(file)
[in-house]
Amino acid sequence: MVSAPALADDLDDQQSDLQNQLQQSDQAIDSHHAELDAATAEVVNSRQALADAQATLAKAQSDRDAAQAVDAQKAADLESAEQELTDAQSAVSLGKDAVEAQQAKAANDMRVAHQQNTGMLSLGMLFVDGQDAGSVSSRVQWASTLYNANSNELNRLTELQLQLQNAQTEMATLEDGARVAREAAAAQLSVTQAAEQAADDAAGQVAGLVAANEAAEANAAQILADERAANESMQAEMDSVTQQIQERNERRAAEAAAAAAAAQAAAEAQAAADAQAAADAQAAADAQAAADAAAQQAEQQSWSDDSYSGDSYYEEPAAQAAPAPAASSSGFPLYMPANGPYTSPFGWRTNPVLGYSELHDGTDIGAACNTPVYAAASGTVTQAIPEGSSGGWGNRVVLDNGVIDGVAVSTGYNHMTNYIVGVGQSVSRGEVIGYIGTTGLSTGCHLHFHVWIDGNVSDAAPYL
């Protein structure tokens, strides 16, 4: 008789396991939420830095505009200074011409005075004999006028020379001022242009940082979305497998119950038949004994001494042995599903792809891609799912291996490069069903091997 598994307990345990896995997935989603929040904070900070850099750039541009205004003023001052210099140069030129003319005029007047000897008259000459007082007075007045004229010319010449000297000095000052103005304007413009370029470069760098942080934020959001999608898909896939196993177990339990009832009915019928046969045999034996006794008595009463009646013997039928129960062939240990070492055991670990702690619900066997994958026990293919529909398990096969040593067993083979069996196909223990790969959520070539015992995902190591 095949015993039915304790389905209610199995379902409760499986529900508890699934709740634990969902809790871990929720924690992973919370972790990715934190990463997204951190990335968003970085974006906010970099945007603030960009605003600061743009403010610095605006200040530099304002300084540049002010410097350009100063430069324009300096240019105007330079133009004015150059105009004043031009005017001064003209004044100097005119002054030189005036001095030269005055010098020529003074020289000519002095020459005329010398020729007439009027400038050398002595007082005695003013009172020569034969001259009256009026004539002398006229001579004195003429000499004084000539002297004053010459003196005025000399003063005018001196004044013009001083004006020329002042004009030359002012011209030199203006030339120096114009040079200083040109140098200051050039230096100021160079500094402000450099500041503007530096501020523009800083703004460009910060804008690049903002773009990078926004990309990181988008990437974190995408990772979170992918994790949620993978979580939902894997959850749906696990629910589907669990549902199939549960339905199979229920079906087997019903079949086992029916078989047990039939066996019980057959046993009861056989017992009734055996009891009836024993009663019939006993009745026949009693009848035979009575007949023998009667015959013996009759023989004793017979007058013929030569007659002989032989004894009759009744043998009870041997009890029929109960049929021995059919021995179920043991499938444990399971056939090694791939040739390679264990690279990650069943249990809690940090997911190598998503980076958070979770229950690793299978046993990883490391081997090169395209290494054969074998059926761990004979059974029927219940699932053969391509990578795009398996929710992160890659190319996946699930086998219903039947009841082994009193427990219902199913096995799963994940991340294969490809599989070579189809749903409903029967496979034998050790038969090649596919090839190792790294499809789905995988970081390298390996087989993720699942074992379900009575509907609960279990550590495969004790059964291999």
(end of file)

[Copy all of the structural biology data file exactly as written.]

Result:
[in-house]
Amino acid sequence: MVSAPALADDLDDQQSDLQNQLQQSDQAIDSHHAELDAATAEVVNSRQALADAQATLAKAQSDRDAAQAVDAQKAADLESAEQELTDAQSAVSLGKDAVEAQQAKAANDMRVAHQQNTGMLSLGMLFVDGQDAGSVSSRVQWASTLYNANSNELNRLTELQLQLQNAQTEMATLEDGARVAREAAAAQLSVTQAAEQAADDAAGQVAGLVAANEAAEANAAQILADERAANESMQAEMDSVTQQIQERNERRAAEAAAAAAAAQAAAEAQAAADAQAAADAQAAADAQAAADAAAQQAEQQSWSDDSYSGDSYYEEPAAQAAPAPAASSSGFPLYMPANGPYTSPFGWRTNPVLGYSELHDGTDIGAACNTPVYAAASGTVTQAIPEGSSGGWGNRVVLDNGVIDGVAVSTGYNHMTNYIVGVGQSVSRGEVIGYIGTTGLSTGCHLHFHVWIDGNVSDAAPYL
């Protein structure tokens, strides 16, 4: 008789396991939420830095505009200074011409005075004999006028020379001022242009940082979305497998119950038949004994001494042995599903792809891609799912291996490069069903091997 598994307990345990896995997935989603929040904070900070850099750039541009205004003023001052210099140069030129003319005029007047000897008259000459007082007075007045004229010319010449000297000095000052103005304007413009370029470069760098942080934020959001999608898909896939196993177990339990009832009915019928046969045999034996006794008595009463009646013997039928129960062939240990070492055991670990702690619900066997994958026990293919529909398990096969040593067993083979069996196909223990790969959520070539015992995902190591 095949015993039915304790389905209610199995379902409760499986529900508890699934709740634990969902809790871990929720924690992973919370972790990715934190990463997204951190990335968003970085974006906010970099945007603030960009605003600061743009403010610095605006200040530099304002300084540049002010410097350009100063430069324009300096240019105007330079133009004015150059105009004043031009005017001064003209004044100097005119002054030189005036001095030269005055010098020529003074020289000519002095020459005329010398020729007439009027400038050398002595007082005695003013009172020569034969001259009256009026004539002398006229001579004195003429000499004084000539002297004053010459003196005025000399003063005018001196004044013009001083004006020329002042004009030359002012011209030199203006030339120096114009040079200083040109140098200051050039230096100021160079500094402000450099500041503007530096501020523009800083703004460009910060804008690049903002773009990078926004990309990181988008990437974190995408990772979170992918994790949620993978979580939902894997959850749906696990629910589907669990549902199939549960339905199979229920079906087997019903079949086992029916078989047990039939066996019980057959046993009861056989017992009734055996009891009836024993009663019939006993009745026949009693009848035979009575007949023998009667015959013996009759023989004793017979007058013929030569007659002989032989004894009759009744043998009870041997009890029929109960049929021995059919021995179920043991499938444990399971056939090694791939040739390679264990690279990650069943249990809690940090997911190598998503980076958070979770229950690793299978046993990883490391081997090169395209290494054969074998059926761990004979059974029927219940699932053969391509990578795009398996929710992160890659190319996946699930086998219903039947009841082994009193427990219902199913096995799963994940991340294969490809599989070579189809749903409903029967496979034998050790038969090649596919090839190792790294499809789905995988970081390298390996087989993720699942074992379900009575509907609960279990550590495969004790059964291999």